Journal of Anesthesia

, Volume 32, Issue 3, pp 360–367 | Cite as

Association of body mass index with chronic pain prevalence: a large population-based cross-sectional study in Japan

  • Keiko Yamada
  • Yasuhiko Kubota
  • Hiroyasu Iso
  • Hiroyuki Oka
  • Junji Katsuhira
  • Ko Matsudaira
Original Article



The aim of this study was to examine the association between body mass index and chronic pain.


The outcome was chronic pain prevalence by body mass index (BMI). BMIs of less than 18.5, 18.5–25.0, 25.0–30.0, and 30.0 or over kg/m2 were defined as underweight, normal weight, overweight, and obese.


We used data from 4993 participants (2464 men and 2529 women aged 20–79 years) of the Pain Associated Cross-sectional Epidemiological survey in Japan. Sex-stratified multivariable-adjusted odds ratios were calculated with 95% confidence intervals using a logistic regression model including age, smoking, exercise, sleep time, monthly household expenditure, and presence of severe depression. We analyzed all ages and age subgroups, 20–49 and 50–79 years.


The prevalence of chronic pain was higher among underweight, overweight, and obese male respondents than those reporting normal weight, with multivariable odds ratios of 1.52 (1.03–2.25), 1.55 (1.26–1.91), and 1.71 (1.12–2.60). According to underweight, only older men showed higher prevalence of chronic pain than normal weight men with odd ratios, 2.19 (1.14–4.20). Being overweight and obese were also associated with chronic pain in women; multivariable odds ratios were 1.48 (1.14–1.93) and 2.09 (1.20–3.64). Being underweight was not associated with chronic pain.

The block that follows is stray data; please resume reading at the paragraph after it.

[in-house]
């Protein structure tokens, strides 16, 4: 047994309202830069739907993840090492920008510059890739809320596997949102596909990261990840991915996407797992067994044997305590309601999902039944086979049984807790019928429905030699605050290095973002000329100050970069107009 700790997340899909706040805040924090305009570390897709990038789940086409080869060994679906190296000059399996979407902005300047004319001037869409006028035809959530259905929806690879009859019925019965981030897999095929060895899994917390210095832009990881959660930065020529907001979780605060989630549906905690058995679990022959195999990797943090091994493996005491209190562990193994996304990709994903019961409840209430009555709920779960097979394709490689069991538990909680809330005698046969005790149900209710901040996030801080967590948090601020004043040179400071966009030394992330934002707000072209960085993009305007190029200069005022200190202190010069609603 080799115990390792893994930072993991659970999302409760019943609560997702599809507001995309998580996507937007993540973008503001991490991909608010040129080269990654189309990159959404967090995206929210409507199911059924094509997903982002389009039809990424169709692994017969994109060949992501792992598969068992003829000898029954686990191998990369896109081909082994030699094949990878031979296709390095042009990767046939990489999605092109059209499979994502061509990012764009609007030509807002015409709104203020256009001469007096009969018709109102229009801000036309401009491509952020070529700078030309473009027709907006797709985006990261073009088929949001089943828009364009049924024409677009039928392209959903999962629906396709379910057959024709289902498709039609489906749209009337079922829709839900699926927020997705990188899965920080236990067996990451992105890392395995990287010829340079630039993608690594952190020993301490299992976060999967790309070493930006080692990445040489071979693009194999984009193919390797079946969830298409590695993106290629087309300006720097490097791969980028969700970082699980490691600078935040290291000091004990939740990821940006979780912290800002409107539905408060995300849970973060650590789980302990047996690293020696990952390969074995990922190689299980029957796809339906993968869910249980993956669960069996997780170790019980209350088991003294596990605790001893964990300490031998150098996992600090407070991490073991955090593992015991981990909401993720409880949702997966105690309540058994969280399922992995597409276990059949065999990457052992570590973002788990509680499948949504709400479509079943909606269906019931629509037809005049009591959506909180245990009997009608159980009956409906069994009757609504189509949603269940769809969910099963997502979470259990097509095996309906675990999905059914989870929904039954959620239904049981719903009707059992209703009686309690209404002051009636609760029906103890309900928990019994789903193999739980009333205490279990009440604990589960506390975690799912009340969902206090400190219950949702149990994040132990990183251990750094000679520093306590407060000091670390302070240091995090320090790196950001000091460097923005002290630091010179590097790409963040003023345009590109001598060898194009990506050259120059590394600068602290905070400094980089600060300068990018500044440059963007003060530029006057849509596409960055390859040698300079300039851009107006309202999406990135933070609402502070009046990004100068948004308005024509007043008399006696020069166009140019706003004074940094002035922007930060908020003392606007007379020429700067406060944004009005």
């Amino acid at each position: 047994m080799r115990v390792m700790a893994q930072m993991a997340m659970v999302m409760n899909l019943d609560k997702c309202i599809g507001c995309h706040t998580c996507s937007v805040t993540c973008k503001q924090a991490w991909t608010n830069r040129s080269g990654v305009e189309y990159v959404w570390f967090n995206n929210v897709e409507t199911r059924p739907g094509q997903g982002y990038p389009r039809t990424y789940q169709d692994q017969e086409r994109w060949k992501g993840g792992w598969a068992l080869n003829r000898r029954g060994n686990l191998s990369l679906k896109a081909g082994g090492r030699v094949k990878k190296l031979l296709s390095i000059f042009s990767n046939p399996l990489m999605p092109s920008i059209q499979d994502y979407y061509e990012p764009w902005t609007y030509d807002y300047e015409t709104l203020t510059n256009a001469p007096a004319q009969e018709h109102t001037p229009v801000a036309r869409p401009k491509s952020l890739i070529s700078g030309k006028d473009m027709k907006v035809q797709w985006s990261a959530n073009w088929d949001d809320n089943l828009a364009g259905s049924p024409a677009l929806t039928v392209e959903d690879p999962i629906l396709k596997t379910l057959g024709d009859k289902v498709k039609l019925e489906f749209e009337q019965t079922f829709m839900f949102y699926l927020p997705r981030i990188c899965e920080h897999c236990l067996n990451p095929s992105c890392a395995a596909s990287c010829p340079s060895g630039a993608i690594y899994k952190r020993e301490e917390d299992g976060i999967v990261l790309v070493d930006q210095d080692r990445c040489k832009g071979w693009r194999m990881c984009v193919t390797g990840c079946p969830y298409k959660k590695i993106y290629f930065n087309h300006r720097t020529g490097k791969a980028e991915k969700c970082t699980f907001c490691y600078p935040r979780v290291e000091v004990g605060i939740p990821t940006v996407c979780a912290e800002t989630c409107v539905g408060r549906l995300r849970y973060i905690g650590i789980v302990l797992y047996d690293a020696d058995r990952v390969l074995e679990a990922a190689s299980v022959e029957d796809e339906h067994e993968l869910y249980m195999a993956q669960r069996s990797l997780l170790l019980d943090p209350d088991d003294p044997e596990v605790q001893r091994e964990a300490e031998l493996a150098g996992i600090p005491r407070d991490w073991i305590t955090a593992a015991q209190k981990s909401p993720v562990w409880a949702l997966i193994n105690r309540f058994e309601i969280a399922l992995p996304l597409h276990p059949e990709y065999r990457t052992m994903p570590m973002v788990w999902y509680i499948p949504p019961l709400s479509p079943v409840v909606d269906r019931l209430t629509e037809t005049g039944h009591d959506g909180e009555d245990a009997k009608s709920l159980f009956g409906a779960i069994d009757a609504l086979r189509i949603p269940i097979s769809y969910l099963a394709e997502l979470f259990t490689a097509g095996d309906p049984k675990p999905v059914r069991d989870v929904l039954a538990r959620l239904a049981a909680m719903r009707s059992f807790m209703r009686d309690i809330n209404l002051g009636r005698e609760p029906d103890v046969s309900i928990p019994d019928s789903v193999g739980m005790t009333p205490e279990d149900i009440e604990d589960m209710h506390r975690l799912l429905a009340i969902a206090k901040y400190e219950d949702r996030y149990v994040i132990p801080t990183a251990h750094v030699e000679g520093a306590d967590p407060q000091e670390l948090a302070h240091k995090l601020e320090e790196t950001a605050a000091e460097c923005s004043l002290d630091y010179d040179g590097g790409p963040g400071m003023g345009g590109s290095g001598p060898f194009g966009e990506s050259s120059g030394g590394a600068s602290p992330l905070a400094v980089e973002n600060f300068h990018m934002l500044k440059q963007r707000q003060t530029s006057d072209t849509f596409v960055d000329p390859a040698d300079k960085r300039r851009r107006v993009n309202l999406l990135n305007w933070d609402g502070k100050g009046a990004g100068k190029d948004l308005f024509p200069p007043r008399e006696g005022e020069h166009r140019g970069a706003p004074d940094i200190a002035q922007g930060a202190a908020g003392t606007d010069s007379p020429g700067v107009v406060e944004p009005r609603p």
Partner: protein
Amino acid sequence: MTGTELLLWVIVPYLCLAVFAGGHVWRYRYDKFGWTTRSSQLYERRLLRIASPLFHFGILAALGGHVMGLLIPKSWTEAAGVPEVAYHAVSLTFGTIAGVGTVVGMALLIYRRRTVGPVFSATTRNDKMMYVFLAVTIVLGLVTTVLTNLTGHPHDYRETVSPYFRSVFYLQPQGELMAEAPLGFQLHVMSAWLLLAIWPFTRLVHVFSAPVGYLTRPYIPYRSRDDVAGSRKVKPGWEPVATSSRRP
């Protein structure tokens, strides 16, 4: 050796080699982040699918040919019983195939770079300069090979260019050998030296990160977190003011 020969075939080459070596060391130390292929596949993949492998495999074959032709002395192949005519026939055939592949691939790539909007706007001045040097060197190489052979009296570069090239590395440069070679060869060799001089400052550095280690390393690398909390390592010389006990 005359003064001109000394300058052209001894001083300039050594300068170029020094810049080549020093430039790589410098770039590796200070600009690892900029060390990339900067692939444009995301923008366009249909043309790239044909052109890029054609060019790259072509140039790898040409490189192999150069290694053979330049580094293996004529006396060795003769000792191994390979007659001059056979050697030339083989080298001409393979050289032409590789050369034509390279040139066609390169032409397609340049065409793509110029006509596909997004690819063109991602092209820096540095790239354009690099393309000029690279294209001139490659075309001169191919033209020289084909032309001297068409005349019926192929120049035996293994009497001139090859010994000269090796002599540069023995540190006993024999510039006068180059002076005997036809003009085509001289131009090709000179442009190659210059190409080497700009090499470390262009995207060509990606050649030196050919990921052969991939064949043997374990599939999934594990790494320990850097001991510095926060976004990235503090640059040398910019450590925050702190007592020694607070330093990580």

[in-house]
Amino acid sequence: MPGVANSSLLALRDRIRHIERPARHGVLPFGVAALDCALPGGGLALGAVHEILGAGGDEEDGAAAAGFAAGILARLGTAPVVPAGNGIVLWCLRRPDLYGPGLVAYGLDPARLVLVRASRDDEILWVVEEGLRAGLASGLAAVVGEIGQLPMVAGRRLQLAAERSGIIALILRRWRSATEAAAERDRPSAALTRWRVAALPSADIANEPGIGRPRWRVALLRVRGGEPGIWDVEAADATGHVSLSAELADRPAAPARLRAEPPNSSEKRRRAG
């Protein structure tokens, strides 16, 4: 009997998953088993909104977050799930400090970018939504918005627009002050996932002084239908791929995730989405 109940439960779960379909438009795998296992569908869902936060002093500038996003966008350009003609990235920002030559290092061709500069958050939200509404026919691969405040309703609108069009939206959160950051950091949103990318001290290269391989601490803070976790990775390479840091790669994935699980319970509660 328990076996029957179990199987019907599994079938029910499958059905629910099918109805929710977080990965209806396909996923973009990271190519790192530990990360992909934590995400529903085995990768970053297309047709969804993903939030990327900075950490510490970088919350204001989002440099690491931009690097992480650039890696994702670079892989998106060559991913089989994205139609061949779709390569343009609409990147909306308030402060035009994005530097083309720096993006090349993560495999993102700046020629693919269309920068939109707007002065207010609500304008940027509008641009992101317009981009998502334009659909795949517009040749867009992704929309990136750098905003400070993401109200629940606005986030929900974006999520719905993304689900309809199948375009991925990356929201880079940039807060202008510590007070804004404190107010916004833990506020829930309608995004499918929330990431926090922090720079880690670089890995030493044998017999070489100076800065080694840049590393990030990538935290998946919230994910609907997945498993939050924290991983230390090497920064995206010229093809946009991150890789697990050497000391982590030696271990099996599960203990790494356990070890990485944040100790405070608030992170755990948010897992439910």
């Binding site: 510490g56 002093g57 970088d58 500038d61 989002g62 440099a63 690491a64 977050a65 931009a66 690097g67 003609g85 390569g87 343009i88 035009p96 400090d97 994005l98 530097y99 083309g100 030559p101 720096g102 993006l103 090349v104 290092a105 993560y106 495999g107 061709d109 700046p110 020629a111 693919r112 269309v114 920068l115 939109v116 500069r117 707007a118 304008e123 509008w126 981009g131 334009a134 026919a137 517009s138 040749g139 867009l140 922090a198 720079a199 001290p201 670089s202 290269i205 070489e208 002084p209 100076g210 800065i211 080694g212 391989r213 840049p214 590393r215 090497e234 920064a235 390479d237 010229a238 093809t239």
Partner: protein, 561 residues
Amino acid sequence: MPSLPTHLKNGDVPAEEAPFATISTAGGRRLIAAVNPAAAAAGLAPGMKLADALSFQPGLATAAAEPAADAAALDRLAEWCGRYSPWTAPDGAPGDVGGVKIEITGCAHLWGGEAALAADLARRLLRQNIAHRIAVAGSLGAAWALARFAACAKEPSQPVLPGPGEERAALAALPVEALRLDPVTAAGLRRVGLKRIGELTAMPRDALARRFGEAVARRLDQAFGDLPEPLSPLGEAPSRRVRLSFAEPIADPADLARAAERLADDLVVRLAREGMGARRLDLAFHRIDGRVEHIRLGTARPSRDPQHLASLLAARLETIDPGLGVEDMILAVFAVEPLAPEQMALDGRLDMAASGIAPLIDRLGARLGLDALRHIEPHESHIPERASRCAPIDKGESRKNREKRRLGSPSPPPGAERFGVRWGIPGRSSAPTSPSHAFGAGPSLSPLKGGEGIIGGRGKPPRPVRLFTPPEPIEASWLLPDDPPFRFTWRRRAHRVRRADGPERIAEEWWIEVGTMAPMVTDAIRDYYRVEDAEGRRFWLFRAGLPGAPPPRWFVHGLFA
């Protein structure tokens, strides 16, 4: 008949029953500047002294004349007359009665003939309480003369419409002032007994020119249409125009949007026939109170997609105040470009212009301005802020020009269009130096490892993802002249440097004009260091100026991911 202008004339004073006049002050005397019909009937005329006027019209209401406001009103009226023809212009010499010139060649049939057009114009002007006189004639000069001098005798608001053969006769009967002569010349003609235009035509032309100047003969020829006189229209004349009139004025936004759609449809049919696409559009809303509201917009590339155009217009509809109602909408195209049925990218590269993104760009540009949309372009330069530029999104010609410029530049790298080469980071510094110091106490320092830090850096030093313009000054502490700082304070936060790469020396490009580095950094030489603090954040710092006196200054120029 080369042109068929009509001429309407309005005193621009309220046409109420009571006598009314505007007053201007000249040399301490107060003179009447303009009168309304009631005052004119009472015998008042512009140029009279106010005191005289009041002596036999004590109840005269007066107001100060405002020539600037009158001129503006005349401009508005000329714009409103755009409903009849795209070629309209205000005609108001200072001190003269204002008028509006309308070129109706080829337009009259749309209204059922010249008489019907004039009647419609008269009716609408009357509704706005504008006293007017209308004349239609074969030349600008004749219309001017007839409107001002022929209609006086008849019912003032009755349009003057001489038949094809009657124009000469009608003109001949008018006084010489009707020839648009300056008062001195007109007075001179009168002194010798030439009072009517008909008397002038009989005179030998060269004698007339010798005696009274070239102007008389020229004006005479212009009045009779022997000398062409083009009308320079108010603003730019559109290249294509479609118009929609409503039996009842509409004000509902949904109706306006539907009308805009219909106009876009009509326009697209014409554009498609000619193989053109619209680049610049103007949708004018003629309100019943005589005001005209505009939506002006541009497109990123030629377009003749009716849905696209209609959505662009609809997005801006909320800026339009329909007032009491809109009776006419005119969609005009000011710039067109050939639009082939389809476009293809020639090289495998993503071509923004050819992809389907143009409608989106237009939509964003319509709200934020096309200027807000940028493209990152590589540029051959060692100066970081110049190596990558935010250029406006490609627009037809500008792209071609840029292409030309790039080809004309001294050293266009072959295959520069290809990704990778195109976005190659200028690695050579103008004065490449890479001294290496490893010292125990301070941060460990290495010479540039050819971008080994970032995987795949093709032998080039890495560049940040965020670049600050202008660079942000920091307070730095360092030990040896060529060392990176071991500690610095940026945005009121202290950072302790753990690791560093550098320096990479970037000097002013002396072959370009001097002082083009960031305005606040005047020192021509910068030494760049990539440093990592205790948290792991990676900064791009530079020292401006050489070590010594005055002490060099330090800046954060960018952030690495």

There was a U-shaped association between BMI and chronic pain prevalence among men ≥ 50 years, and a dose–response association among women. Our finding suggests that underweight should be considered in older men suffering chronic pain.


Chronic pain Body mass index Underweight Overweight Obese 



We are grateful to Dr. Yasuo Takagi, professor of Keio University, Japan, for his valuable help in conducting the survey. We thank Melissa Leffler, MBA, from Edanz Group for editing a draft of this manuscript.

Supplementary material

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Supplementary material 1 (TIFF 72 kb)
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Supplementary material 4 (DOCX 18 kb)


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Copyright information

© Japanese Society of Anesthesiologists 2018

Authors and Affiliations

  1. 1.Public Health, Department of Social MedicineOsaka University Graduate School of MedicineSuitaJapan
  2. 2.Osaka Center for Cancer and Cardiovascular Disease PreventionOsakaJapan
  3. 3.Department of Medical Research and Management for Musculoskeletal Pain, 22nd Century Medical and Research Center, Faculty of MedicineThe University of TokyoTokyoJapan
  4. 4.Department of Prosthetics and Orthotics and Assistive Technology, Faculty of Medical TechnologyNiigata University of Health and WelfareNiigataJapan
  5. 5.Japan Labour Health and Welfare OrganizationTokyoJapan

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